Thomas Jefferson Papers

From Thomas Jefferson to Robert Selden Garnett, 18 June 1819

Monticello June 18. 19.

Dear Sir

Your favor of Mar. 20. was recieved in due time, and it’s contents communicated to the Visitors who met on the 29th of that month. the recommendations of Dr Speed, mr Bonfils and the testimonials of Don Marcus Escopenichi would certainly have commanded their serious attention and respect, but that a previous question has precluded all proposals of the kind. they had decided that it was not expedient to divert any of the funds of the University from the object of building for the present year. I had doubted whether it would better answer M. Escopenichi’s views to retain or return his papers, until I recieved a suggestion from mr Girardin that the return was desired. I now therefore inclose them, and regret that they are in a state in some degree mutilated. the immense mass of papers I recieve and must file has obliged me, from an early period, to throw away all covers, and to tear off blank leaves; by which I found that I reduced the mass to one third of it’s bulk. these papers have undergone that operation

Altho the University will not be opened at all until April next, & then but partially, I thought it of great importance to procure the establishment of a classical school in Charlottesville where the Greek & Latin might be critically taught & subjects be thereby prepared for entrance into the University when that should be opened. an instructor of high qualifications was accordingly procured, who has commenced a school there, which is filling fast, and will soon overflow beyond what he can undertake. he teaches also French, Spanish & Italian; and in order that such young men as chuse to acquire the habit of speaking French might have an opportunity of doing so, we invited Laporte from the Calf pasture to come and keep a boarding house for the accomodation of the pupils. he has a respectable & amiable family whose habitual conversation is French; and after a while it is proposed that the boarders there shall be permitted to speak nothing else. his terms of boarding are 126.D. a year, and mr Stack’s for tuition 30.D, one half in both cases necessarily payable in advance: which I mention as some of your neighbors might wish to place their sons in a state of preparation for the University. I salute you with great respect and esteem.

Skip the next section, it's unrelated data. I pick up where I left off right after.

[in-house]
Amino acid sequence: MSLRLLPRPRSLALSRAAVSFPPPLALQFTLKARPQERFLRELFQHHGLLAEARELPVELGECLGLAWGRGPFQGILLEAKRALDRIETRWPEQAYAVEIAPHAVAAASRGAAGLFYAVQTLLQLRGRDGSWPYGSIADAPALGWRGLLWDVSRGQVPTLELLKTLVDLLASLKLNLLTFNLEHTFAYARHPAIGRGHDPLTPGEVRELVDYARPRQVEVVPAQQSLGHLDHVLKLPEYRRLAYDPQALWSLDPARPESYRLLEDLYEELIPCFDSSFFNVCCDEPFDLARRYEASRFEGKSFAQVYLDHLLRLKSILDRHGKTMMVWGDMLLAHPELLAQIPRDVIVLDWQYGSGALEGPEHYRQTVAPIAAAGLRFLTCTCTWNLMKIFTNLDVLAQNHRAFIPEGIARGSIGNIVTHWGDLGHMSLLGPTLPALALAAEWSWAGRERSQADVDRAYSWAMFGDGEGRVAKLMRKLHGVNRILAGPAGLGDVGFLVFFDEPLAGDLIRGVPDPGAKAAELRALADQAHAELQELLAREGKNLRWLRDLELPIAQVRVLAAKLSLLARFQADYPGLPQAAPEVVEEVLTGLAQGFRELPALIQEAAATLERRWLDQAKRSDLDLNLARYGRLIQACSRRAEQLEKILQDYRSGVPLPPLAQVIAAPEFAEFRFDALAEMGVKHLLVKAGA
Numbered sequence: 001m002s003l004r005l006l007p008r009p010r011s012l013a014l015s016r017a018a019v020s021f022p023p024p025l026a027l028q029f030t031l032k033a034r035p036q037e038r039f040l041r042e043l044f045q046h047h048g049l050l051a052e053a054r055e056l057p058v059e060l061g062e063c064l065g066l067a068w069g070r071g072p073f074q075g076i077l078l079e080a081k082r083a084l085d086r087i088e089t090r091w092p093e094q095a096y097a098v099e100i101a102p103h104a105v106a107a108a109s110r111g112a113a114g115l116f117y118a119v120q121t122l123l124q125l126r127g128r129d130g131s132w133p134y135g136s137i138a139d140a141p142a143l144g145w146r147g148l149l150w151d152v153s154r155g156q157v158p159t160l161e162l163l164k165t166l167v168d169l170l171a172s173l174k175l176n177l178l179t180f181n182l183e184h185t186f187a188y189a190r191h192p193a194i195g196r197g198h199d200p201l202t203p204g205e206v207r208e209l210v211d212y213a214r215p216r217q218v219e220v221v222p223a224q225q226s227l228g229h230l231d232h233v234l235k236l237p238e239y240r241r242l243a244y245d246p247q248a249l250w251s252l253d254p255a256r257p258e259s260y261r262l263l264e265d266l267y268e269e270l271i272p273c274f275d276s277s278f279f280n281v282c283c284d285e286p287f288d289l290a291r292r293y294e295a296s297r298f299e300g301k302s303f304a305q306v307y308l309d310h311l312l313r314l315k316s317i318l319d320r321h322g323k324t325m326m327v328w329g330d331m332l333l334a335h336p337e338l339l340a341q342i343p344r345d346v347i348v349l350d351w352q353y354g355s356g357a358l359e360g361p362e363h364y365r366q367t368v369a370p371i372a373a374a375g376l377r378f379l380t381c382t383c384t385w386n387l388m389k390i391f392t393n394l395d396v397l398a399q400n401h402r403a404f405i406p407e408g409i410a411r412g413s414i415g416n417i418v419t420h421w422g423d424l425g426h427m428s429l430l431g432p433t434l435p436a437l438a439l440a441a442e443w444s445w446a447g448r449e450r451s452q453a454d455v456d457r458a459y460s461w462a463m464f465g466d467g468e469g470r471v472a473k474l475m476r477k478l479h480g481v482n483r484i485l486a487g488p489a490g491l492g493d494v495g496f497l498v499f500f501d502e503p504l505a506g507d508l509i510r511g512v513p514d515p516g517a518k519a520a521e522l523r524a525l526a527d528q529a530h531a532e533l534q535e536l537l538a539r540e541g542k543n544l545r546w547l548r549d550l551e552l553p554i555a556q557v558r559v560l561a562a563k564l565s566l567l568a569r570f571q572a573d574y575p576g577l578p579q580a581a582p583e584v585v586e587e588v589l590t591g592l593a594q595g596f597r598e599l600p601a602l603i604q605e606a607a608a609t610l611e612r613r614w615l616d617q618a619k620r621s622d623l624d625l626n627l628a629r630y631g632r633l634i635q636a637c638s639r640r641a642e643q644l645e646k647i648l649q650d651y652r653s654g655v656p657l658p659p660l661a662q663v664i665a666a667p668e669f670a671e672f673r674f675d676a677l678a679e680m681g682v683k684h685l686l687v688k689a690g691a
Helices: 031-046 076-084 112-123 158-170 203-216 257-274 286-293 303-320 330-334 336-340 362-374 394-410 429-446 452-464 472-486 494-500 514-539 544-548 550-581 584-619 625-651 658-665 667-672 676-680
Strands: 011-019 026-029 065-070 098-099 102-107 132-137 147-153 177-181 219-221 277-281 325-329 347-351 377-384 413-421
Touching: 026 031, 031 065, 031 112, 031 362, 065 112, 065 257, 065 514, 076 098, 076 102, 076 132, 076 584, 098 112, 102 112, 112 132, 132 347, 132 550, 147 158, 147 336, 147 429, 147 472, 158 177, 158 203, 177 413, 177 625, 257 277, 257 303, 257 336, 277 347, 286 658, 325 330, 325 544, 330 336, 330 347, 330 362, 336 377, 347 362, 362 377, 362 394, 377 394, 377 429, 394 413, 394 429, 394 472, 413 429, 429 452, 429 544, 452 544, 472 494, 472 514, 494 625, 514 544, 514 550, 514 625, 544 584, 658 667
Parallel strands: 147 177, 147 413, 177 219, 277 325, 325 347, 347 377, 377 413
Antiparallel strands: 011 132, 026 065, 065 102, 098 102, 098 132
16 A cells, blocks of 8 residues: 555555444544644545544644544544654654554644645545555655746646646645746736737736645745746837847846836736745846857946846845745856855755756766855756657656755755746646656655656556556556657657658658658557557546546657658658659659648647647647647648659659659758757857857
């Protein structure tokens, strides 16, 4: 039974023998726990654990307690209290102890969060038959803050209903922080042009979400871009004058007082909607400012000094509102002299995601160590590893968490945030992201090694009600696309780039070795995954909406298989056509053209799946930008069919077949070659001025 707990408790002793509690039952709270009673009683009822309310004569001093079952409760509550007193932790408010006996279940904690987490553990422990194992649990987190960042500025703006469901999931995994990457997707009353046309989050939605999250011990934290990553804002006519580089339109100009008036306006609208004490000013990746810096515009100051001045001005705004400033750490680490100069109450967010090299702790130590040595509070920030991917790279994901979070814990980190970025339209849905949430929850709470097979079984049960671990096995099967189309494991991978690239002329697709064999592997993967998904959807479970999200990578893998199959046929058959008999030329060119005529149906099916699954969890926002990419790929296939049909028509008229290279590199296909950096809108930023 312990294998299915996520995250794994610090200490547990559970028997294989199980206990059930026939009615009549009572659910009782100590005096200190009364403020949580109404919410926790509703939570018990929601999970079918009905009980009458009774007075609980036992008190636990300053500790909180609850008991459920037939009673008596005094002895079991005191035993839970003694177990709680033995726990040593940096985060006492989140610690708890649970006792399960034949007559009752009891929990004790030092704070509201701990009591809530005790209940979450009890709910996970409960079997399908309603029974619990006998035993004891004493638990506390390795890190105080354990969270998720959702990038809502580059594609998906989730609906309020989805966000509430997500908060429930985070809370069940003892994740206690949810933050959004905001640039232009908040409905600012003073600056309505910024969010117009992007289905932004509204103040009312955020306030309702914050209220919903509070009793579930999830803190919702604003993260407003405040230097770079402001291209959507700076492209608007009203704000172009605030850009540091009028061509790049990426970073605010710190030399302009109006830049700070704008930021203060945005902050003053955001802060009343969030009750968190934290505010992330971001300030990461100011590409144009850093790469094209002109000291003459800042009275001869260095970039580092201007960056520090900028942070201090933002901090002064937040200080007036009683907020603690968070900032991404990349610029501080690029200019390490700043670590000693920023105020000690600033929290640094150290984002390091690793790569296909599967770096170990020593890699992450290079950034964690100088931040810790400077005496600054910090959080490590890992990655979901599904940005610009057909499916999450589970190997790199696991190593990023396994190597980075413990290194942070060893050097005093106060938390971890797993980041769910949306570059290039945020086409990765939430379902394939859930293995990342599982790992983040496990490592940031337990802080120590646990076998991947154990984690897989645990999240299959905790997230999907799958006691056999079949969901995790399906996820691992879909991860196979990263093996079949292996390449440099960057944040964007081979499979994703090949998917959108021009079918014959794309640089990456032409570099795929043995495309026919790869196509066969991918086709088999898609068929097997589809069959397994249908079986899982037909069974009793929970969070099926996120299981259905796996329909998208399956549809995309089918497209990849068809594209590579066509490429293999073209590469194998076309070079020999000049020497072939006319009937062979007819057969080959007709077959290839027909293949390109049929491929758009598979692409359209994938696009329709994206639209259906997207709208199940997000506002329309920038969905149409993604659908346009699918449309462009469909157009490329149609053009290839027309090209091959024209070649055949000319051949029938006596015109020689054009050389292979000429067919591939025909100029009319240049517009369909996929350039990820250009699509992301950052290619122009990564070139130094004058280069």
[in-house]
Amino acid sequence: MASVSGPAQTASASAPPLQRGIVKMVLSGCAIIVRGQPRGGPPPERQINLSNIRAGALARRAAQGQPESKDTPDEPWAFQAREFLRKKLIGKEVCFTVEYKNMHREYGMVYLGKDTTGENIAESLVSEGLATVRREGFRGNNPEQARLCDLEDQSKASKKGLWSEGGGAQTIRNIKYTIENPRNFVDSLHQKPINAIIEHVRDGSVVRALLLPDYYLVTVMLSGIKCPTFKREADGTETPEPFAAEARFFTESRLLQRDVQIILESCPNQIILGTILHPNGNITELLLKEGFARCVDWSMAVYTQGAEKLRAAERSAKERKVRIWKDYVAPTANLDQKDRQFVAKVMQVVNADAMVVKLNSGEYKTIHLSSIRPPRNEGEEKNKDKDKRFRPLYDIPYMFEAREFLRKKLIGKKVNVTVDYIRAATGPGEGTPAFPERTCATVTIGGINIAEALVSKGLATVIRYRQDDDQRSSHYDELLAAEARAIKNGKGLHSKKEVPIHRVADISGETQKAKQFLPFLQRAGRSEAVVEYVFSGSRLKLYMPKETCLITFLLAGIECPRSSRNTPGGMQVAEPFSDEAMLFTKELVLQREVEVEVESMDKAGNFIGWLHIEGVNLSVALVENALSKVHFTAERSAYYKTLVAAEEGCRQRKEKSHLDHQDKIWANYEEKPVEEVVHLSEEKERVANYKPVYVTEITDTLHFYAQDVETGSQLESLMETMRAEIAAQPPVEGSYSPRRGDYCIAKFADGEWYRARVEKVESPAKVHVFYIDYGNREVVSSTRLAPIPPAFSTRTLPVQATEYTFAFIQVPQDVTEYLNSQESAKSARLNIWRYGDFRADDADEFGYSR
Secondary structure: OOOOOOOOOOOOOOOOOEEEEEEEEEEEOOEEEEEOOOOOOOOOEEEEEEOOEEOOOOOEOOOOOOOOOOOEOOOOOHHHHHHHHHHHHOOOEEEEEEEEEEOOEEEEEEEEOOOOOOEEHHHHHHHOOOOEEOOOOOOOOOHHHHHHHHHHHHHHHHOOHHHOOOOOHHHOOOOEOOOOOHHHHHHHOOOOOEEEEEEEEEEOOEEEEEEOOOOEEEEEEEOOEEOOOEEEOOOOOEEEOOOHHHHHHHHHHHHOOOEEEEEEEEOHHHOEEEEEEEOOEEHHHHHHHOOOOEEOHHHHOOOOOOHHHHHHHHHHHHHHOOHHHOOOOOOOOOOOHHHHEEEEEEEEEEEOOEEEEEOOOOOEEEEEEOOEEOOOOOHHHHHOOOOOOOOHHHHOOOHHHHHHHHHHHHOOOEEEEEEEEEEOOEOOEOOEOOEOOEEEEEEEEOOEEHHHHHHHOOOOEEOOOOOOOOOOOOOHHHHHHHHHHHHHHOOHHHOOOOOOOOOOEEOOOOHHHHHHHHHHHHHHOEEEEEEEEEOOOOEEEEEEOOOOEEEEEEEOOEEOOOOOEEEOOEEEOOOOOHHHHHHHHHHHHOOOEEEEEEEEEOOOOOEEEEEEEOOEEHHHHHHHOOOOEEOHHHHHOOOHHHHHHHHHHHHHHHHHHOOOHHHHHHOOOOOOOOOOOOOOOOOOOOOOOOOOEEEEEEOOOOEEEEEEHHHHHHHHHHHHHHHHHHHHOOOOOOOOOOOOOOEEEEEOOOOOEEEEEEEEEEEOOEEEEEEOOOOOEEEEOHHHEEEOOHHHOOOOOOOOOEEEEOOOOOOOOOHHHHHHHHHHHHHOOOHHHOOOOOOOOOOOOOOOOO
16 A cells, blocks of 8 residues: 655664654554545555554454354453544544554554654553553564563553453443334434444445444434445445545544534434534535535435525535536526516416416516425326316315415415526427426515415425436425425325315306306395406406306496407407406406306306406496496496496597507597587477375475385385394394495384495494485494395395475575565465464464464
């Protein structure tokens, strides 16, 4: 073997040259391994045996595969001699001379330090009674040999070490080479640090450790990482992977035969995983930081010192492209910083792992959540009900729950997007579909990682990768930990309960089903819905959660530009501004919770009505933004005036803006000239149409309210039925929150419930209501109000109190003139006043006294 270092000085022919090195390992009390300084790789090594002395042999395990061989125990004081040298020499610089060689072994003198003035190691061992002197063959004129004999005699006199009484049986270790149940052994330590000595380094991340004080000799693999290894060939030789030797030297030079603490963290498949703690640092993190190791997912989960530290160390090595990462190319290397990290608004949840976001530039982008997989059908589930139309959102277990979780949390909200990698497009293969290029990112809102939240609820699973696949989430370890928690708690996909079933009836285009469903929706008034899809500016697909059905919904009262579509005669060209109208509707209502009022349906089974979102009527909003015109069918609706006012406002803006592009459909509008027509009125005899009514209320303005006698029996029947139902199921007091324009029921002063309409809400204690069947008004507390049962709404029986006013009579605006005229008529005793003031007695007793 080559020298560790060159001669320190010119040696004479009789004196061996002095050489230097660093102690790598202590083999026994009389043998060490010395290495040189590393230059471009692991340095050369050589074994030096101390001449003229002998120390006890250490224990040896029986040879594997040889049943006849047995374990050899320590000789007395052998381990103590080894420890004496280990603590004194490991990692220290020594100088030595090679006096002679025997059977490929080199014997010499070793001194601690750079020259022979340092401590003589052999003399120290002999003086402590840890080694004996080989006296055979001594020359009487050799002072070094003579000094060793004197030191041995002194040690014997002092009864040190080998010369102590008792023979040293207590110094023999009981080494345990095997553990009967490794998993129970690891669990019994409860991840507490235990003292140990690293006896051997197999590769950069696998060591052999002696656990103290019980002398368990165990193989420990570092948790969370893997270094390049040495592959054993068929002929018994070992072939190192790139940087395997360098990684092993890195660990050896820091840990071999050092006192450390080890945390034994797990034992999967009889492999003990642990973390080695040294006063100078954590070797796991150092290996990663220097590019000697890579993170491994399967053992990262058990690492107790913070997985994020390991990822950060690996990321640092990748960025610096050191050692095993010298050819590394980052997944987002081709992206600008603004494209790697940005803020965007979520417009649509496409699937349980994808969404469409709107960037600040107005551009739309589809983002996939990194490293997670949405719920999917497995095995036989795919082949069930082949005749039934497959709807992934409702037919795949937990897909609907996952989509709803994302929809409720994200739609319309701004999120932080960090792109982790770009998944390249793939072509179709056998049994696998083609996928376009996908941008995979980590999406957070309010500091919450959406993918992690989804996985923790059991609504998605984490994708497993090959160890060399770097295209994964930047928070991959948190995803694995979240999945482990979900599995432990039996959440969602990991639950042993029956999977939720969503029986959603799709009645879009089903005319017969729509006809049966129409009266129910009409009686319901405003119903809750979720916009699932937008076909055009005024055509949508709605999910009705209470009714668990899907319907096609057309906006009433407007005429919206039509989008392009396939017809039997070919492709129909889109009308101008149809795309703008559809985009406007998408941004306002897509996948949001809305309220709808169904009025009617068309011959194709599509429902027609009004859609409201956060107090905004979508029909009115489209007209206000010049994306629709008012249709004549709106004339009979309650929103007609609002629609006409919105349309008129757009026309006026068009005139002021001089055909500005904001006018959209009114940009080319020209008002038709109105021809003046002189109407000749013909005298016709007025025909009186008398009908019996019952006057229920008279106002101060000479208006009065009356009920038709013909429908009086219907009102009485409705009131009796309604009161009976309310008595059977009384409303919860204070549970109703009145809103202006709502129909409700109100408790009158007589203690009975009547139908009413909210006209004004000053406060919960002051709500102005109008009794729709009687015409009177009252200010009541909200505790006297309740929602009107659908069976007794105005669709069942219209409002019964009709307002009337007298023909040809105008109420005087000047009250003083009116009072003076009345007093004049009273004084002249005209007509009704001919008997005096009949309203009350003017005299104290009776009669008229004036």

Th: Jefferson

MdHi: Dennis Autograph Collection.

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